Bombardier Shares Plunge Most on Record After It Slashes Earnings Forecast, Puts Airbus Deal In Doubt (excerpt)
(Source: Financial Post; published Jan. 16, 2020)
Bombardier Inc. warned it may ditch its joint venture building the A220 aircraft with Airbus and will consider selling even more assets to pay down debt, renewing investor worries about the Montreal-based manufacturer’s ability to stay afloat as the clock runs down on its five-year turnaround strategy.

The beleaguered plane and train maker’s stock price tanked more than 30 per cent on Thursday after it slashed its 2019 financial forecast for the second time in less than a year, largely due to missed milestones, delayed deliveries and extra production costs for several challenging rail projects. By close, Bombardier stock had fallen nearly 32 per cent to $1.22 on the Toronto Stock Exchange.

The “hugely disappointing” announcement surprised analysts given executives’ previous insistence that the company had turned a corner.

“This is a significant setback following management’s announcement following the third quarter that the worst for Bombardier Transportation may be behind,” BMO analyst Fadi Chamoun noted to clients.

Bombardier has already shed most of its commercial aviation assets since chief executive Alain Bellemare began his turnaround plan in 2015, focusing instead on the more profitable rail and business jet divisions in a bid to build a leaner, more financially stable company.

Now it’s mulling whether it should go one step further and abandon its partnership with Airbus, even though Bombardier has sunk about $6 billion into the program and committed to it for approximately five more years.

It expects to take a significant writedown on the Airbus venture after a business plan review indicated the A220 program will take longer to break even, make less money over its lifespan and require more upfront investments from cash-strapped Bombardier.

In 2017, Bombardier ceded control of its cash-guzzling C-Series program to Airbus, which renamed the jet the A220 under a joint venture owned 50.01 per cent by Airbus, 31 per cent by Bombardier and 19 per cent by the province under Investissement Québec. (end of excerpt)

Click here for the full story, on the Financial Post website.


Bombardier Provides Preliminary Financial Results and Updates on Accelerating Deleveraging Phase of Turnaround Plan (excerpt)
(Source: Bombardier Inc.; issued January 16, 2020)
(All amounts in this press release are in U.S. dollars unless otherwise indicated.)
MONTREAL, CA. --- Bombardier today announced its preliminary results for the fourth quarter and full year 2019. The Company now expects lower than previously guided financial performance, mainly as a result of actions taken to resolve challenging rail projects, the timing of milestone payments and new orders at Transportation, and the delivery of four Global 7500 aircraft slipping into the first quarter of 2020.

Aviation deliveries were strong in the quarter, totalling 58 aircraft in the fourth quarter for a total of 175 aircraft for the full year. This included 11 Global 7500, six of which were delivered in the fourth quarter. The remaining Global 7500 aircraft originally scheduled for delivery in the final days of 2019 are now expected to be delivered in the first quarter of 2020. As Aviation made good progress ramping up the Global 7500, its full year adjusted EBIT margin is still expected to be approximately 7.0%, in line with full year guidance.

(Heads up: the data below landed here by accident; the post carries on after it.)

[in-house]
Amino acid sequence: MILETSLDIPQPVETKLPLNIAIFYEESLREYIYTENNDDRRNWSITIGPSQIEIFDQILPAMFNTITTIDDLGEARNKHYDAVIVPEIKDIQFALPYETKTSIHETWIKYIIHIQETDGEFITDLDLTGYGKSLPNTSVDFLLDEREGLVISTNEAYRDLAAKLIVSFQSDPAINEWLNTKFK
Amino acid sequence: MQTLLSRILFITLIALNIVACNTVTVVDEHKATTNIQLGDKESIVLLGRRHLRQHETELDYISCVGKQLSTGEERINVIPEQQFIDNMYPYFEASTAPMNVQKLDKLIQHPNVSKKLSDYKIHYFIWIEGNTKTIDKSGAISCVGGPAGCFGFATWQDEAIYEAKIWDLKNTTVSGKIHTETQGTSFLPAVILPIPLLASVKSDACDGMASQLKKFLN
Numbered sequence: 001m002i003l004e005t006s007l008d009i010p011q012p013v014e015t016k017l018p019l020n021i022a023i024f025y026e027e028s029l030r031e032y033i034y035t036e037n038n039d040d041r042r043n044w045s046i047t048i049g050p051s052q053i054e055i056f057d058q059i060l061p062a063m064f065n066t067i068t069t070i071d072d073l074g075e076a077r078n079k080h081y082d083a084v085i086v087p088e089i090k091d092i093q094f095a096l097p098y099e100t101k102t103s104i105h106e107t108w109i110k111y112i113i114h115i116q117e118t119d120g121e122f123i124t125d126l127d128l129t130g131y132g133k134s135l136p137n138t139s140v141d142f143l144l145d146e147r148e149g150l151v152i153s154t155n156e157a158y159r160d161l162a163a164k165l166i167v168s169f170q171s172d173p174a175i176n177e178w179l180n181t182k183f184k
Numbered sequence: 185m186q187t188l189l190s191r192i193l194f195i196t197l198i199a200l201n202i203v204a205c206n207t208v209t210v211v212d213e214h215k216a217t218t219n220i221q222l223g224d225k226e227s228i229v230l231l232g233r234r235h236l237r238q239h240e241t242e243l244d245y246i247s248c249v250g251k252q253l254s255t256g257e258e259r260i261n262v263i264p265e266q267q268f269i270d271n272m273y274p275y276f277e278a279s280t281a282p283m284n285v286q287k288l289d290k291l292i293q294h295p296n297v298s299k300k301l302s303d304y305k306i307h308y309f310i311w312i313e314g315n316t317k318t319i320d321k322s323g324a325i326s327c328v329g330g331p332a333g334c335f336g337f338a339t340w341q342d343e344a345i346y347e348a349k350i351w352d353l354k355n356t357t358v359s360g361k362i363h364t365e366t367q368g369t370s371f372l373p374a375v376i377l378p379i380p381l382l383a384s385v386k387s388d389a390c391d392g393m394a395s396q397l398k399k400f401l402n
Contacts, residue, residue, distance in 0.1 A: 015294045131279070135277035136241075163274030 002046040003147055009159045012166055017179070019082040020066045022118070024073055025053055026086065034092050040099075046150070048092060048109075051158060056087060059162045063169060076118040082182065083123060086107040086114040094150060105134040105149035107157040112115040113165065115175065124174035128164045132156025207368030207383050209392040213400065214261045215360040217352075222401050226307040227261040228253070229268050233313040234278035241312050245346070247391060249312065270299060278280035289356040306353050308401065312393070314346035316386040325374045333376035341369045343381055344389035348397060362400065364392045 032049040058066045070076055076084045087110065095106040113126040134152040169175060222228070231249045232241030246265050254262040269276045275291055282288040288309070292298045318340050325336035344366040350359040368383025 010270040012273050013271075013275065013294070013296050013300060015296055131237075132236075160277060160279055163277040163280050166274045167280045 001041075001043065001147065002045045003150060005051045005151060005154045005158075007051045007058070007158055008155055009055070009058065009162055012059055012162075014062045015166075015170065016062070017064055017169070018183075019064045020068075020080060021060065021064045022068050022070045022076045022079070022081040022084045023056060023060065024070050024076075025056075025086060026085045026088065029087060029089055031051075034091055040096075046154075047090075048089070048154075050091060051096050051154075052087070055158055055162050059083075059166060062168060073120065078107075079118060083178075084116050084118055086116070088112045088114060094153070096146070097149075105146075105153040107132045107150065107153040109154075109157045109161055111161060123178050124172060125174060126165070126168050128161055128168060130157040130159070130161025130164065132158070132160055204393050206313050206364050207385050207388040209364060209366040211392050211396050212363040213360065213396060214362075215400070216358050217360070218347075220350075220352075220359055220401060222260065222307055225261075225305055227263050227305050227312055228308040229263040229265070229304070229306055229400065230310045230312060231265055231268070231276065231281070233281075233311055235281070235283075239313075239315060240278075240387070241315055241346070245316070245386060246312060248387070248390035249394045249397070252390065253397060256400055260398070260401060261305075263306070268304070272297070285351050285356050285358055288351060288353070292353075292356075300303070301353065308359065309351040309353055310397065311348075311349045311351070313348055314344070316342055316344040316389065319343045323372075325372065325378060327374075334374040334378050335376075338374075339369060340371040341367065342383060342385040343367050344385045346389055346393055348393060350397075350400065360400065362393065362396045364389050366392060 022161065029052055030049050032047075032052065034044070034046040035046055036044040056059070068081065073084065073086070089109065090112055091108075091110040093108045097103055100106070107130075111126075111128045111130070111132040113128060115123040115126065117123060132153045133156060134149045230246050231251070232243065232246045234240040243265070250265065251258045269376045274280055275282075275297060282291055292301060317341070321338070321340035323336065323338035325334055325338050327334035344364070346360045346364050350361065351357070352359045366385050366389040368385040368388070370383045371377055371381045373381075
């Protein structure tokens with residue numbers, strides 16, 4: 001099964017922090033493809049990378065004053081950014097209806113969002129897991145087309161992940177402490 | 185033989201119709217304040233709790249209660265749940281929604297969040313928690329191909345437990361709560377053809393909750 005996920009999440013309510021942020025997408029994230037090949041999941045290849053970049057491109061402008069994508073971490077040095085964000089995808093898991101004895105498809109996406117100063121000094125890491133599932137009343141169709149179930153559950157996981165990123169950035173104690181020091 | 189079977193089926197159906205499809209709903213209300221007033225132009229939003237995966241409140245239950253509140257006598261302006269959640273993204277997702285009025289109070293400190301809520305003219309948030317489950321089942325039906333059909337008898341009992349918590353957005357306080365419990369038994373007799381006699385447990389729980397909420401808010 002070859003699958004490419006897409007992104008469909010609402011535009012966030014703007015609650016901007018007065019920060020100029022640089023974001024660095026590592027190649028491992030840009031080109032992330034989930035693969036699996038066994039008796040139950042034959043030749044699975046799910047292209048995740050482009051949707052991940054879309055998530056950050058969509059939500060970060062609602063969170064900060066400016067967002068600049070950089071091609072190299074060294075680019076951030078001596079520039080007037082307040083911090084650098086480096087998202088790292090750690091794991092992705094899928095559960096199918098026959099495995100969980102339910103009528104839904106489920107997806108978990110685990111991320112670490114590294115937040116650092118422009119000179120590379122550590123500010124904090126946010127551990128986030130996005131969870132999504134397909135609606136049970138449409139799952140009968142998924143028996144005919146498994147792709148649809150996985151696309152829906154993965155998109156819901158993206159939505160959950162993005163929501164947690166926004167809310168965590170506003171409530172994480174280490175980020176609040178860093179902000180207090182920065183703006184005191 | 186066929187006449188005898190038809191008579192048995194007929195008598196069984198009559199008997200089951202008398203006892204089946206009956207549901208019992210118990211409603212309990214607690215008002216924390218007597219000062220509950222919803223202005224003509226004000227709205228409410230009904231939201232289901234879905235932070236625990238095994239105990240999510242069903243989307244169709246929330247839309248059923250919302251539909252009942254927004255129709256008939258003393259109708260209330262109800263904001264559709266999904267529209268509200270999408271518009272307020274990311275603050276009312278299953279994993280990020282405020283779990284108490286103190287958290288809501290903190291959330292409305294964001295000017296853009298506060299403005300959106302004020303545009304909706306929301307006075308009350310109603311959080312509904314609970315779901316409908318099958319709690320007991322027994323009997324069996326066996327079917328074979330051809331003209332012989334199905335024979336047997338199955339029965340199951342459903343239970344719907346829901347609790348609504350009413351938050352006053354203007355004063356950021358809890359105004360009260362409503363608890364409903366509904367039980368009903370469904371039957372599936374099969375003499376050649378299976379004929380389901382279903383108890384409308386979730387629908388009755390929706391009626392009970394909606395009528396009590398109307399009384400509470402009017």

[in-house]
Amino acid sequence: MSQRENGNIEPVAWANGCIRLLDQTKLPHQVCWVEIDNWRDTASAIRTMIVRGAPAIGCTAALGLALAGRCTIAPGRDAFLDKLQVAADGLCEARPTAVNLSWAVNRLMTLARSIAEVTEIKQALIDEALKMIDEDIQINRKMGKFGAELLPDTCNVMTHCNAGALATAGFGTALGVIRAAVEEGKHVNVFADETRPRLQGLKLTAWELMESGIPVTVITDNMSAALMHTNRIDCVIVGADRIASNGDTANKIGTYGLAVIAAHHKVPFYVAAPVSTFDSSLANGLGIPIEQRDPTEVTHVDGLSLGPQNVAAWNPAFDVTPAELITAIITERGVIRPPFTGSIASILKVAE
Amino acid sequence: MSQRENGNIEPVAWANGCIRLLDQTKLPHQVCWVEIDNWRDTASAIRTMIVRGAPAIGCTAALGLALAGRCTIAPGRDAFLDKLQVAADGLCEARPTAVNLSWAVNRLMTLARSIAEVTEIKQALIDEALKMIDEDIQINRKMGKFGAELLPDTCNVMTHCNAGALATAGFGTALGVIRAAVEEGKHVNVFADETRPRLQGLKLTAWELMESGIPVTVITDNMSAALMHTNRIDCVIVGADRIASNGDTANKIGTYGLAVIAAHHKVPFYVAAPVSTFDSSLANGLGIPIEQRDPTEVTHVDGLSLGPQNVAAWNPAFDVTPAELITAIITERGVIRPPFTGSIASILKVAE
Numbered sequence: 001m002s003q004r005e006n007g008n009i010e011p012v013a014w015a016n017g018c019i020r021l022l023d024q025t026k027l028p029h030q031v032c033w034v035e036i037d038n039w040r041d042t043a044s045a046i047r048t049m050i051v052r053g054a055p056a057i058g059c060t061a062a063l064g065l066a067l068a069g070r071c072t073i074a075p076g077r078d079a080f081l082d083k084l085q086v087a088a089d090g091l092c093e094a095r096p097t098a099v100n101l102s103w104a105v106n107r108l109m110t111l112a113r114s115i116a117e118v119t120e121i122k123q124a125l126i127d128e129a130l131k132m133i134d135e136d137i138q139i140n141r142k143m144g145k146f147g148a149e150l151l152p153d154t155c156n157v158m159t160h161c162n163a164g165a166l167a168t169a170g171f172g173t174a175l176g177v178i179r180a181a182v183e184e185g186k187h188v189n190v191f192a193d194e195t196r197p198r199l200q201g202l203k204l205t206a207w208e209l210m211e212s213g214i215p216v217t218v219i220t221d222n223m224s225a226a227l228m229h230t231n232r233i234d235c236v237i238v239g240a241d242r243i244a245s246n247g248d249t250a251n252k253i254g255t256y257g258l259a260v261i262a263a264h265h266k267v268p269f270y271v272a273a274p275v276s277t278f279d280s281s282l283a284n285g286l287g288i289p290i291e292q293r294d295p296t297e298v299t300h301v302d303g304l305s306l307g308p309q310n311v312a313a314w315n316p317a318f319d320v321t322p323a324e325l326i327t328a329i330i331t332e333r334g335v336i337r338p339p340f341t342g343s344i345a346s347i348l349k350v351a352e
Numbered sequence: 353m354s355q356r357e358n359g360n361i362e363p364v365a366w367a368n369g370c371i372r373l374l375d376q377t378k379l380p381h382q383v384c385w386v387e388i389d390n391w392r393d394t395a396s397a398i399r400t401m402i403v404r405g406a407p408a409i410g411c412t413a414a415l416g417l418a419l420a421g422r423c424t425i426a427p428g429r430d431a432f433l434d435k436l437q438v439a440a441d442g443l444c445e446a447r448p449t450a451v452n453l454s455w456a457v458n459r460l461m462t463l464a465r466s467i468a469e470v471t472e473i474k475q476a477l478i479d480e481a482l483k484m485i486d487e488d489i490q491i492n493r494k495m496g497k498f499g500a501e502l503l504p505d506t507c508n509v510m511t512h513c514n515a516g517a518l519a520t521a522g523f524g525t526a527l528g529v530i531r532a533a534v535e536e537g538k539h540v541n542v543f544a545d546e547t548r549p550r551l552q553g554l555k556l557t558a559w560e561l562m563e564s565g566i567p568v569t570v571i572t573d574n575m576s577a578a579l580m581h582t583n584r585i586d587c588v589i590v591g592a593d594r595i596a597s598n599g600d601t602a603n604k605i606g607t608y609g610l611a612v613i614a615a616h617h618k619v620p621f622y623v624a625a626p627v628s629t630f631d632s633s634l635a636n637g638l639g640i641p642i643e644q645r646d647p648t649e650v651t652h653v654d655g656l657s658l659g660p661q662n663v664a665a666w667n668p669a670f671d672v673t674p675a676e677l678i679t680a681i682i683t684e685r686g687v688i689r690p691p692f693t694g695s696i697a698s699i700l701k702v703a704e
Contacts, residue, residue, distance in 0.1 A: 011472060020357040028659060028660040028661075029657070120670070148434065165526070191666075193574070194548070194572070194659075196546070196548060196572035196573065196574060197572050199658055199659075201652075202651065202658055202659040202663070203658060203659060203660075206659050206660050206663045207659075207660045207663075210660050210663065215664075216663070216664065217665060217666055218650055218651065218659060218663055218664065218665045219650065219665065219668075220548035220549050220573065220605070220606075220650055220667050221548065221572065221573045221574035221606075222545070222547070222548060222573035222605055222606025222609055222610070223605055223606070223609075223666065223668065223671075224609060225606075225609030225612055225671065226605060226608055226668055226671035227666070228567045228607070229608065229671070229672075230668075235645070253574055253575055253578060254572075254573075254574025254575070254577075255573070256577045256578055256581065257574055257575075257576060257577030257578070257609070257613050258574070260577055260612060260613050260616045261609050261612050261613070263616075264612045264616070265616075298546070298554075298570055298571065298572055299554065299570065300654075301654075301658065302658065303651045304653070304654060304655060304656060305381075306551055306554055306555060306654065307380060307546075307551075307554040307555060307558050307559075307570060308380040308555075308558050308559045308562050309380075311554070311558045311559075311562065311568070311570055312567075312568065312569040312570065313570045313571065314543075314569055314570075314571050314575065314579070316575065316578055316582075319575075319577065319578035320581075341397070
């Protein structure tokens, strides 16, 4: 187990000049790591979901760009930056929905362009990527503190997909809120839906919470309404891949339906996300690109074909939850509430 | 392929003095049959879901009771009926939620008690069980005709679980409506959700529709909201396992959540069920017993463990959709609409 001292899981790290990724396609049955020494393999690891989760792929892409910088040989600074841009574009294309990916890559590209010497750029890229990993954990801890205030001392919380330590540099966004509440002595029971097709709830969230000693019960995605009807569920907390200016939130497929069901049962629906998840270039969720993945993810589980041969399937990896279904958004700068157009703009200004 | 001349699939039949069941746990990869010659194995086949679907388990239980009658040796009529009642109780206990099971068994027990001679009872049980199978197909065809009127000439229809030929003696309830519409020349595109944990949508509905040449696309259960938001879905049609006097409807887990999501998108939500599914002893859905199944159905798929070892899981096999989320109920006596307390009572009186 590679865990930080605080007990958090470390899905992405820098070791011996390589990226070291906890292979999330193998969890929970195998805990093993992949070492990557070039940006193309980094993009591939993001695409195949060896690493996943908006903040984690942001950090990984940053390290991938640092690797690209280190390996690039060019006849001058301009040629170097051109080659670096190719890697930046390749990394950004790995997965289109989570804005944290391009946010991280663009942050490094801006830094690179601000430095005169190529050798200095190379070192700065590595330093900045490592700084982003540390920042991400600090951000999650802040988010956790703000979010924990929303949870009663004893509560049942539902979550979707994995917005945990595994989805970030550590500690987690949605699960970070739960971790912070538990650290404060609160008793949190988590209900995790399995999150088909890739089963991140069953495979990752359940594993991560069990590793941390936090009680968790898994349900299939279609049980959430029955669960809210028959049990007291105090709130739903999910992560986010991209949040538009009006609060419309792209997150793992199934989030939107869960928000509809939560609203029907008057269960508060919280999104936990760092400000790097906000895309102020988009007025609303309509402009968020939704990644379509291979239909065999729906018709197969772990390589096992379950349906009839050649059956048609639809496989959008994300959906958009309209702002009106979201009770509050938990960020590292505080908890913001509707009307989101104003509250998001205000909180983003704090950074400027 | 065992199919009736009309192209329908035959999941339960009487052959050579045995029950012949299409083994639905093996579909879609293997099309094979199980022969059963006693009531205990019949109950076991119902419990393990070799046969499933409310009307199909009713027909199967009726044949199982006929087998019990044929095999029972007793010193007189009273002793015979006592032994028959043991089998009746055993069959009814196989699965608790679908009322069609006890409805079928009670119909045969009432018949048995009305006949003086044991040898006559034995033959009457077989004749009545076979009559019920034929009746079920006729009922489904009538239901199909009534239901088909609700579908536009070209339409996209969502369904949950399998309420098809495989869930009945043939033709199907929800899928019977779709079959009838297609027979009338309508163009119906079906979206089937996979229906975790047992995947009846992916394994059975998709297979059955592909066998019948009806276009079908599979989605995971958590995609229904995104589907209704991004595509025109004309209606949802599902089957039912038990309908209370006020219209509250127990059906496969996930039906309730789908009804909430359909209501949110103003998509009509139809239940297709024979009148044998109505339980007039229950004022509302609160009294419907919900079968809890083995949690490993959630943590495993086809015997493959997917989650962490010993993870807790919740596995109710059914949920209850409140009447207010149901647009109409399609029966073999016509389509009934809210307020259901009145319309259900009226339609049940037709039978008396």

At Transportation, the fourth quarter adjusted EBIT loss is anticipated to be approximately $230 million. This includes a charge of approximately $350 million related to certain projects in the UK (the Aventra platform), commercial negotiations with Swiss Federal Railways (SBB), and increased production and manufacturing costs for projects in Germany.

Delays in achieving technical milestones, including multi-unit software homologation for the London Overground’s LoTrain project (an Aventra project), and execution of production ramp-up required the Company to re-align certain delivery schedules with customers and absorb additional costs. Having achieved these milestones in the fourth quarter, Bombardier has entered into commercial negotiations with customers – to reset schedules, resolve late delivery penalties, and address related provisions and costs.

Consolidated free cash flow for the fourth quarter is estimated at approximately $1.0 billion, approximately $650 million lower than anticipated. This is largely due to the timing of cash inflows from milestone payments on large Transportation projects, and the later-than-anticipated closing of certain orders and call-offs. While the free cash flow shortfall is largely expected to be recovered in 2020, the recovery will be offset by the cash flow impact of the incremental costs recognized in the fourth quarter adjustments at Transportation.

While fourth quarter financial performance at Transportation was lower than expected, the Company continues to make significant progress completing legacy projects and to take the right actions to position the business for long-term success.

Airbus Canada Limited Partnership Update (ACLP)

With its exit from Commercial Aerospace, Bombardier is reassessing its ongoing participation in ACLP.

While the A220 program continues to win in the marketplace and demonstrate its value to airlines, the latest indications of the financial plan from ACLP calls for additional cash investments to support production ramp-up, pushes out the break-even timeline, and generates a lower return over the life of the program. This may significantly impact the joint venture value. Bombardier will disclose the amount of any write-down when we complete our analysis and report our final fourth quarter and 2019 financial results. (end of excerpt)

Click here for the full story, on the Bombardier website.


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